AMMAN: In the north Hama countryside, young men are taking up a new profession of collecting, dismantling and selling unexploded regime ordnance to rebel militias.
In an area with few, if any, alternative sources of income, the recycling of unexploded missiles, mortars shells and barrel bombs offers an opportunity, despite the risks. The recycled TNT from a single barrel bomb can net up to $1,000.
“The work involves the collection of unexploded mortar shells, missiles, mines and cluster bombs to be sold to garages that dismantle the ordnance and prepare it for sale to rebel militias,” Fayyad a-Satouf, a citizen journalist told Syria Direct from the north Hama village of al-Lataminah. A-Satouf’s village is part of the last pocket of rebel resistance in the north Hama countryside, making it a prime target of regime and Russian aerial bombing.
“There are currently more than 100 people who have taken up the ordnance-salvaging profession in al-Lataminah,” says a-Satouf, adding that people in other towns and villages in north Hama and south Idlib are doing the same due to a lack of other options.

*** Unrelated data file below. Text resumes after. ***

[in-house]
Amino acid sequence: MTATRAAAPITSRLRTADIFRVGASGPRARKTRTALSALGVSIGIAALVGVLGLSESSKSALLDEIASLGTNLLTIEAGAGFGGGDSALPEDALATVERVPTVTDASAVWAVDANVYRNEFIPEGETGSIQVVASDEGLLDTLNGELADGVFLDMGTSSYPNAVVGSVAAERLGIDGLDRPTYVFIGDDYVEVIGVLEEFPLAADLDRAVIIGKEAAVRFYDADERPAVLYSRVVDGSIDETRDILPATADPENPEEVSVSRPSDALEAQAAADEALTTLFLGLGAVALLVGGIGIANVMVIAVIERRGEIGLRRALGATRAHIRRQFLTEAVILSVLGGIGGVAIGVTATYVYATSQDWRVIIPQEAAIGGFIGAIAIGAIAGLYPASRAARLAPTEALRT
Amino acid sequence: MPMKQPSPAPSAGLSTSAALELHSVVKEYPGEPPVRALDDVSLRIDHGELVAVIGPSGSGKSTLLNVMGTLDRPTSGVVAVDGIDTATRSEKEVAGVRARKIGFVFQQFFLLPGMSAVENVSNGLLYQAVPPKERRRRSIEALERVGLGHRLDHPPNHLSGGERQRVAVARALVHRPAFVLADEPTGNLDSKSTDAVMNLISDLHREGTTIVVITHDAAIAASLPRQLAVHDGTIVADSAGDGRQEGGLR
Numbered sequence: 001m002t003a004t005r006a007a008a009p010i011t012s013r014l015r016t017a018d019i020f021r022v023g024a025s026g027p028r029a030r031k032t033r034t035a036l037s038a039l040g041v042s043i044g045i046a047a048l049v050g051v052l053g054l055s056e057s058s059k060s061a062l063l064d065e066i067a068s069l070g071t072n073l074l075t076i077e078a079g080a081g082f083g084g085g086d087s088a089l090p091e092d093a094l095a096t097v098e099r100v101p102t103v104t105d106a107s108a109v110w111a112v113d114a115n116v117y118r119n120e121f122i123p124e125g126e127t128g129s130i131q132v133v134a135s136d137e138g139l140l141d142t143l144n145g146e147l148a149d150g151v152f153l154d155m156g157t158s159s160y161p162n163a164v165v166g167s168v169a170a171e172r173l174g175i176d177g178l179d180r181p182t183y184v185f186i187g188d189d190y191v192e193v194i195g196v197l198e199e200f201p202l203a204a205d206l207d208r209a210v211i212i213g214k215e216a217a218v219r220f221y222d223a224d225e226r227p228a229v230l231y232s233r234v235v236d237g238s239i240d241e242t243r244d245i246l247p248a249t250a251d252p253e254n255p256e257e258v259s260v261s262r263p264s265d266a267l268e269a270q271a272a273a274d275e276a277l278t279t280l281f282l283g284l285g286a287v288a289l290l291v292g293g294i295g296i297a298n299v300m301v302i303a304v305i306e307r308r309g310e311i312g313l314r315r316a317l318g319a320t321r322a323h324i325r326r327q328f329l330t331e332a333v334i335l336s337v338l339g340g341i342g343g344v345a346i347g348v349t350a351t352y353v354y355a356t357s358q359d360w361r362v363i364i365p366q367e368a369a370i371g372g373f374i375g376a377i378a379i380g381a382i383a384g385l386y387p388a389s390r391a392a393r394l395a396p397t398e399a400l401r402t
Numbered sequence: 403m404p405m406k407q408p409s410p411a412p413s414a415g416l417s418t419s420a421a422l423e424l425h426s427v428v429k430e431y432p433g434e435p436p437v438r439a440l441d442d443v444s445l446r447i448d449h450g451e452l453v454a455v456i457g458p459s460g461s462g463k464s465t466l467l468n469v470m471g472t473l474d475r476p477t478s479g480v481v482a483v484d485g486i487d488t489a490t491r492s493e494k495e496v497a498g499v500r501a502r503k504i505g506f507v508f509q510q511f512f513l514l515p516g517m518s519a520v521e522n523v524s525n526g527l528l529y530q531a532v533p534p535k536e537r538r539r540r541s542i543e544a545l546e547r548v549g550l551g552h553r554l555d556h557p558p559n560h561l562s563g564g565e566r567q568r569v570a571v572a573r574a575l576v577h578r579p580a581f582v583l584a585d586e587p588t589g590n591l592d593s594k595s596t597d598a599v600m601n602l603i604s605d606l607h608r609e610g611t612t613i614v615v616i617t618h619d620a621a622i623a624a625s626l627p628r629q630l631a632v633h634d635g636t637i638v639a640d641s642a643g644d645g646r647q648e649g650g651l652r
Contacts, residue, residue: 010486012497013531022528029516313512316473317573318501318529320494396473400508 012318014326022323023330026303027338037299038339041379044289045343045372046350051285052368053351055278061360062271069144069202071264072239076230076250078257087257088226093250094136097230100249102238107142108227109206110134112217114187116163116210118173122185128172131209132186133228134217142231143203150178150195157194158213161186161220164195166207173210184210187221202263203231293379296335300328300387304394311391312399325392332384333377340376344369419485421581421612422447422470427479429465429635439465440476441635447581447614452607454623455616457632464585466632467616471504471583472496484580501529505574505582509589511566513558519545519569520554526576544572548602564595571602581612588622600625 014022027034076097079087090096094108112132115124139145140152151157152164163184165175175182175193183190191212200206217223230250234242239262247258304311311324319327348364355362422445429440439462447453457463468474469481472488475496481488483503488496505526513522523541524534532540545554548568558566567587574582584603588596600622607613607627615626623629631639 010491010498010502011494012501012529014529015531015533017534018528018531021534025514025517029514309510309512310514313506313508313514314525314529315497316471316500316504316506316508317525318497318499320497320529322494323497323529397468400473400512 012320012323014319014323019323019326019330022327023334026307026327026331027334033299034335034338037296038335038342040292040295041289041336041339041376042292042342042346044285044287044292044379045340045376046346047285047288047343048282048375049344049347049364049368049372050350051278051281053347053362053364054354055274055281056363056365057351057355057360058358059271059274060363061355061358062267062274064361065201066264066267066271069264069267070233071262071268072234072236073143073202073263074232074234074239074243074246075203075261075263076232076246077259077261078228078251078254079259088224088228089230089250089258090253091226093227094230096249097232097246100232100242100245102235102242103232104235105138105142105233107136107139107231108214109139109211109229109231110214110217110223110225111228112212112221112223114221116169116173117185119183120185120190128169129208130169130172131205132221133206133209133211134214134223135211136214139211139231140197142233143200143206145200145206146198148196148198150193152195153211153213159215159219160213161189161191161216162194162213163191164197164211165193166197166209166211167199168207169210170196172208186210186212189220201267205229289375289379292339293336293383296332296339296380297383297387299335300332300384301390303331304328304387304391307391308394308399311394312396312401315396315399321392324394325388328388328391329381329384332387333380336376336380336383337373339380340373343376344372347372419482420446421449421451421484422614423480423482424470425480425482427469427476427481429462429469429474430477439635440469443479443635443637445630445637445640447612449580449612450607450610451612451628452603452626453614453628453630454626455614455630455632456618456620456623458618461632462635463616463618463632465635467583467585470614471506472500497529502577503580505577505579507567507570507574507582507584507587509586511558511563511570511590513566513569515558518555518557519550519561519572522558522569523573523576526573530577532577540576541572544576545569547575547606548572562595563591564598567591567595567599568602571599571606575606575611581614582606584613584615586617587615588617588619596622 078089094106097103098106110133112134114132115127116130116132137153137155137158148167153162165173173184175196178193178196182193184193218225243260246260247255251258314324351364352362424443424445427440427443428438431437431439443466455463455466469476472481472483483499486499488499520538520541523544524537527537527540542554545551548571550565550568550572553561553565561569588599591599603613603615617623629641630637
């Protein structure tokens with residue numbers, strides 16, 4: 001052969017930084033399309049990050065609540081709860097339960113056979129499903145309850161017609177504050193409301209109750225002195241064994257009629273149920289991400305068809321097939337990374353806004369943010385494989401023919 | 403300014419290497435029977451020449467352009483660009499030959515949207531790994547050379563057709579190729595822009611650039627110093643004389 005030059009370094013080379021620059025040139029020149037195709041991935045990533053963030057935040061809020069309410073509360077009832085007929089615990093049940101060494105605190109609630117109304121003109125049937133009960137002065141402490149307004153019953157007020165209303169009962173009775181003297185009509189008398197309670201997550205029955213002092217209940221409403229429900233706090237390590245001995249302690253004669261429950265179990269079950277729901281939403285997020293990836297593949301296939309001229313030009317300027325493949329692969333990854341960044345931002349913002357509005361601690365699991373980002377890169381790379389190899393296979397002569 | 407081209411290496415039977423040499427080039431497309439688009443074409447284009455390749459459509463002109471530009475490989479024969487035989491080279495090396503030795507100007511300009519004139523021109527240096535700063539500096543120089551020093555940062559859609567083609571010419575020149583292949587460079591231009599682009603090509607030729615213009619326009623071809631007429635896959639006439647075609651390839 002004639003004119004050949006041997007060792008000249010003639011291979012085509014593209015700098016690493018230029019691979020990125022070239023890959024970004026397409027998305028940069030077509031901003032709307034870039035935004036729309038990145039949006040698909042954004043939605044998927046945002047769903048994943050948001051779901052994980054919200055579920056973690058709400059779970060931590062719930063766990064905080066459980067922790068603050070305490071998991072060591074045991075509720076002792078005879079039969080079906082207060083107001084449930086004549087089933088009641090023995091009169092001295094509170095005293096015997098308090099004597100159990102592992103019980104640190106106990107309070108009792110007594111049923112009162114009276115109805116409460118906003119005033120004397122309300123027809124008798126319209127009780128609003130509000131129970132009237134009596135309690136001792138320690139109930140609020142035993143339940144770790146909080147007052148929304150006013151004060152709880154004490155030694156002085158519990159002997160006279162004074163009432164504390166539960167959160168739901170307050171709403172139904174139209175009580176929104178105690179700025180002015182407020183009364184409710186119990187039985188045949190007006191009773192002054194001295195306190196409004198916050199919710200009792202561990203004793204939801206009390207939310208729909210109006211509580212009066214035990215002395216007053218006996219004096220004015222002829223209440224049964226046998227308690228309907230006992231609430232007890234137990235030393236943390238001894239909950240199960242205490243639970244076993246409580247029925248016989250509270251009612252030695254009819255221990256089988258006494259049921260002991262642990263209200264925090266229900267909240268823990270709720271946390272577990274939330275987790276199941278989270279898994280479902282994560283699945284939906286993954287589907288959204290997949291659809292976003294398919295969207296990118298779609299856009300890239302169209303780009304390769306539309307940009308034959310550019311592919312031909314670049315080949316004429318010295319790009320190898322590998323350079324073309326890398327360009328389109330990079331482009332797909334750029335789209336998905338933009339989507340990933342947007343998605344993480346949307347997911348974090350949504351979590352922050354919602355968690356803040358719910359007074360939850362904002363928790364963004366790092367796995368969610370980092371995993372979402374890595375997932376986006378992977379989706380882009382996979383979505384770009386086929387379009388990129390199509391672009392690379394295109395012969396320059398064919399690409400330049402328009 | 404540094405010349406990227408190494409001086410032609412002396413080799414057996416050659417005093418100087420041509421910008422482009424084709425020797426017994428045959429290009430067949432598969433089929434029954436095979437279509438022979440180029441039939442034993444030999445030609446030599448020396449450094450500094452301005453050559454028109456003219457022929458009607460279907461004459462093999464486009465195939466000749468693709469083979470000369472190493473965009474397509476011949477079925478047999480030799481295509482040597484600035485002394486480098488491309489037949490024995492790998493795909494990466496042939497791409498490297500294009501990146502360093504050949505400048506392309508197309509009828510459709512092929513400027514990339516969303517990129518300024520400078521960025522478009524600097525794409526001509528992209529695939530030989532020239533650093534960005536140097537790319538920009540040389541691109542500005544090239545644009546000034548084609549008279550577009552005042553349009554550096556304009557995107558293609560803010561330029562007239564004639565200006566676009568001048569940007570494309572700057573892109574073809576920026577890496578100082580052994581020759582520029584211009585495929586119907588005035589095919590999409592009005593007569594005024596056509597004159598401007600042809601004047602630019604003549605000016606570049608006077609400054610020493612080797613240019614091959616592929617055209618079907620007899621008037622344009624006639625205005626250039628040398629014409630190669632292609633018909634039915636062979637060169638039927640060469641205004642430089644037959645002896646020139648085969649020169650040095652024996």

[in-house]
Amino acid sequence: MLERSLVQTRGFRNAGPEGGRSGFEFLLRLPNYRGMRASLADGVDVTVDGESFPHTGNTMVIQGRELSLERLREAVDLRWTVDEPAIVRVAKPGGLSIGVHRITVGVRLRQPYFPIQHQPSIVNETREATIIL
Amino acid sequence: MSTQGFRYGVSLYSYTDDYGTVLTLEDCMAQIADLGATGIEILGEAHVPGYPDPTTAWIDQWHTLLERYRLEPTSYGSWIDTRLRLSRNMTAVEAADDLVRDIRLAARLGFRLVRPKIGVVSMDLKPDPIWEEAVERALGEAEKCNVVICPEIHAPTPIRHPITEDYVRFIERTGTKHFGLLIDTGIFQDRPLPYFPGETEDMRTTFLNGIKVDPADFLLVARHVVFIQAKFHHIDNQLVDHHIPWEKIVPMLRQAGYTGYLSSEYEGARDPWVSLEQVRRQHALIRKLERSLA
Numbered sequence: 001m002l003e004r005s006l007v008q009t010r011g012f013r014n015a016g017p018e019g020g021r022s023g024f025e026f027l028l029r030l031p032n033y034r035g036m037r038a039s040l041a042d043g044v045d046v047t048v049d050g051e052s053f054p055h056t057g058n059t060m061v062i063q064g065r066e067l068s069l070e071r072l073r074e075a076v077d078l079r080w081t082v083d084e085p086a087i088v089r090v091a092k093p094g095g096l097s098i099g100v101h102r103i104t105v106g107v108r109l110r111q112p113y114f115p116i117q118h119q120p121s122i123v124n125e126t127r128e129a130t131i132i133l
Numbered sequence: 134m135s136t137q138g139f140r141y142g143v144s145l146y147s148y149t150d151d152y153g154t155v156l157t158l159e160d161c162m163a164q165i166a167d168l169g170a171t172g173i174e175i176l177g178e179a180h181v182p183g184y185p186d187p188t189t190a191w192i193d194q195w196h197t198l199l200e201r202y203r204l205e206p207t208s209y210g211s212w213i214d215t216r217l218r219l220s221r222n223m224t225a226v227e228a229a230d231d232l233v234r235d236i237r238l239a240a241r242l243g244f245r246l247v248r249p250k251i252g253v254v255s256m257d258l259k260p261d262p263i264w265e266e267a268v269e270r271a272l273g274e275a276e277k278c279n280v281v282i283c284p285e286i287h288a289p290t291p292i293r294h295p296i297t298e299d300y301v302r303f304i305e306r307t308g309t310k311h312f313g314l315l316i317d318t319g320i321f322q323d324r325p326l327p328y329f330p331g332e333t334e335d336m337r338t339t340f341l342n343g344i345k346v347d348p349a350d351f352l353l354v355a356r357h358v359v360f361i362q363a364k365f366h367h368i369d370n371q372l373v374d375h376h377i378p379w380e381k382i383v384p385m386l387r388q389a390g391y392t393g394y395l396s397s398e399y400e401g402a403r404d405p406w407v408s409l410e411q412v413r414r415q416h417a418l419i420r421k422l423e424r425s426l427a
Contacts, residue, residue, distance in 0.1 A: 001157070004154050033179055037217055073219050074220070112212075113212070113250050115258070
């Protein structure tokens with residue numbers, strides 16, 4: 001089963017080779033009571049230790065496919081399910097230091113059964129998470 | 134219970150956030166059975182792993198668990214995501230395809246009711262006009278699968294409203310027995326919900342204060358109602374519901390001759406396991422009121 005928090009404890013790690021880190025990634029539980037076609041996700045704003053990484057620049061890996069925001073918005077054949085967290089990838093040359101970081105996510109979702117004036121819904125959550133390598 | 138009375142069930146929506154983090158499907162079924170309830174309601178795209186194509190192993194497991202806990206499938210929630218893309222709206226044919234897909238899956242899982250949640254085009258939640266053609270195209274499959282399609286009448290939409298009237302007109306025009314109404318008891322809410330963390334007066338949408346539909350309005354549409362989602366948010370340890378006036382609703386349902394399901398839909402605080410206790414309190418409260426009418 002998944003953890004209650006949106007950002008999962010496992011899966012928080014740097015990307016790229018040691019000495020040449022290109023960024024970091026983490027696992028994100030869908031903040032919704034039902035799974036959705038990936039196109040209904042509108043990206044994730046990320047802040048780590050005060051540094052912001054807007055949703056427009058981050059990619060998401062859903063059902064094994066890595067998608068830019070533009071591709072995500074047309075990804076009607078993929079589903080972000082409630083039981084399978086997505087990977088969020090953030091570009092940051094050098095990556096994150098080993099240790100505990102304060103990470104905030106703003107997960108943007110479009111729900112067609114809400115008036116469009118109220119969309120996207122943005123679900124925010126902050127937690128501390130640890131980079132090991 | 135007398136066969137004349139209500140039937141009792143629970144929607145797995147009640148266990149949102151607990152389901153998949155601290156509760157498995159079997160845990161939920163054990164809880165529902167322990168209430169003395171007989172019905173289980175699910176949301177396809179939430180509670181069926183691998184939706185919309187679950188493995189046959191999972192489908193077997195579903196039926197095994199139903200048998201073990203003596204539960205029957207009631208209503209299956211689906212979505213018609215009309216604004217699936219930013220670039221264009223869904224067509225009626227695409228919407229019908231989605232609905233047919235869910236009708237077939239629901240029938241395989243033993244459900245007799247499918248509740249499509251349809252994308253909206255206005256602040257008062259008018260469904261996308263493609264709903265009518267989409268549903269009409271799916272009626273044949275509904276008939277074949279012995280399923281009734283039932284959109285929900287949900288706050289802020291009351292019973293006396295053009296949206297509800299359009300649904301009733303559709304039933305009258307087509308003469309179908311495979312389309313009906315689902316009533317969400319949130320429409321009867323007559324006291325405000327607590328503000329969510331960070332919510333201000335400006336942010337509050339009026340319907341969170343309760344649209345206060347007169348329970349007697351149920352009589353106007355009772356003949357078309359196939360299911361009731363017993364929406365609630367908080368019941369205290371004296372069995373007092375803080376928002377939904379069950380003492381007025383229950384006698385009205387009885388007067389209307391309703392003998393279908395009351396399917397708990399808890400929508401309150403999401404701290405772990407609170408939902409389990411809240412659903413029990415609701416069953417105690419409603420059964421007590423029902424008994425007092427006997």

“I don’t deny the risks involved in this kind of work or my family’s fears… but it’s the only source of income in town,” Abdelraziq, a 30-year-old father of two from al-Lataminah told Syria Direct.
“Many of the farmers in the area can no longer tend to their fields because of the continuous bombing,” says a-Satouf. Farmers will alert removal teams to rockets or shells on their property “in exchange for payment,” said the activist, adding that a single rocket can earn a farmer $500.
The removal team digs out the rocket or mortar, which usually “penetrates the ground anywhere from five to 10 meters,” said a-Satouf.
At this point a second team, specialized in transporting the missile to the dismantling garage, takes over. The transport teams charge between $1,000-$3,000 “depending on the weight of the missile,” he added.
Last week, two of north Hama’s most experienced bomb dismantlers, one of whom is depicted on the left in the picture above, were killed when a rocket exploded during removal.
Despite the risk, salvaging ordnance does come with a reward, says Abdelraziq, referring to the years of regime, and now Russian, bombardments on his north Hama village.
“We are sending their merchandise right back at them.”